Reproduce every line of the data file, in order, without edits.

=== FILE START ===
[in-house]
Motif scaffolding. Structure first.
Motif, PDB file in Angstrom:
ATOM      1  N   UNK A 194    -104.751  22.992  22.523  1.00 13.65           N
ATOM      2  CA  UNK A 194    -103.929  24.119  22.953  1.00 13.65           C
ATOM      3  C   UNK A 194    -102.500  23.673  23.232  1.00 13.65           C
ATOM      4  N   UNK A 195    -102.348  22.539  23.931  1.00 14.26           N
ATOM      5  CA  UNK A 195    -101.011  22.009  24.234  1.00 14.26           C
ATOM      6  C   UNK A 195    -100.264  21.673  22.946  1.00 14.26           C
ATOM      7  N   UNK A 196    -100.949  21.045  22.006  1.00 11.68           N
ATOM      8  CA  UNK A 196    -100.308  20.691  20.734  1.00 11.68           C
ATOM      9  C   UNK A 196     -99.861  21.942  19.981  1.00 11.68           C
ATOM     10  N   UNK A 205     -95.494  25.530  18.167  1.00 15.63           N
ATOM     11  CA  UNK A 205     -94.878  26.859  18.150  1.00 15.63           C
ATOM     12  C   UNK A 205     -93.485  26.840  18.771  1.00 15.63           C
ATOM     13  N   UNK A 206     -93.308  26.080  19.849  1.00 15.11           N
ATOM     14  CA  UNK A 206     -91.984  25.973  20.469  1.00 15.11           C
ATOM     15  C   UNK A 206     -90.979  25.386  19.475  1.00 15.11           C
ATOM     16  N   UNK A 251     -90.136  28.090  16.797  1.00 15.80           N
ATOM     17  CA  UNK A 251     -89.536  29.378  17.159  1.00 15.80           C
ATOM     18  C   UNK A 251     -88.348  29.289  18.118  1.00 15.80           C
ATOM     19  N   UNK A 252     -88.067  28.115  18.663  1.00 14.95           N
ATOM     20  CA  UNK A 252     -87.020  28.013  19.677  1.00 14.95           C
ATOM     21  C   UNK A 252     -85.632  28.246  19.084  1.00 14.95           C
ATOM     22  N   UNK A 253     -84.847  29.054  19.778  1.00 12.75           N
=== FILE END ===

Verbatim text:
[in-house]
Motif scaffolding. Structure first.
Motif, PDB file in Angstrom:
ATOM      1  N   UNK A 194    -104.751  22.992  22.523  1.00 13.65           N
ATOM      2  CA  UNK A 194    -103.929  24.119  22.953  1.00 13.65           C
ATOM      3  C   UNK A 194    -102.500  23.673  23.232  1.00 13.65           C
ATOM      4  N   UNK A 195    -102.348  22.539  23.931  1.00 14.26           N
ATOM      5  CA  UNK A 195    -101.011  22.009  24.234  1.00 14.26           C
ATOM      6  C   UNK A 195    -100.264  21.673  22.946  1.00 14.26           C
ATOM      7  N   UNK A 196    -100.949  21.045  22.006  1.00 11.68           N
ATOM      8  CA  UNK A 196    -100.308  20.691  20.734  1.00 11.68           C
ATOM      9  C   UNK A 196     -99.861  21.942  19.981  1.00 11.68           C
ATOM     10  N   UNK A 205     -95.494  25.530  18.167  1.00 15.63           N
ATOM     11  CA  UNK A 205     -94.878  26.859  18.150  1.00 15.63           C
ATOM     12  C   UNK A 205     -93.485  26.840  18.771  1.00 15.63           C
ATOM     13  N   UNK A 206     -93.308  26.080  19.849  1.00 15.11           N
ATOM     14  CA  UNK A 206     -91.984  25.973  20.469  1.00 15.11           C
ATOM     15  C   UNK A 206     -90.979  25.386  19.475  1.00 15.11           C
ATOM     16  N   UNK A 251     -90.136  28.090  16.797  1.00 15.80           N
ATOM     17  CA  UNK A 251     -89.536  29.378  17.159  1.00 15.80           C
ATOM     18  C   UNK A 251     -88.348  29.289  18.118  1.00 15.80           C
ATOM     19  N   UNK A 252     -88.067  28.115  18.663  1.00 14.95           N
ATOM     20  CA  UNK A 252     -87.020  28.013  19.677  1.00 14.95           C
ATOM     21  C   UNK A 252     -85.632  28.246  19.084  1.00 14.95           C
ATOM     22  N   UNK A 253     -84.847  29.054  19.778  1.00 12.75           N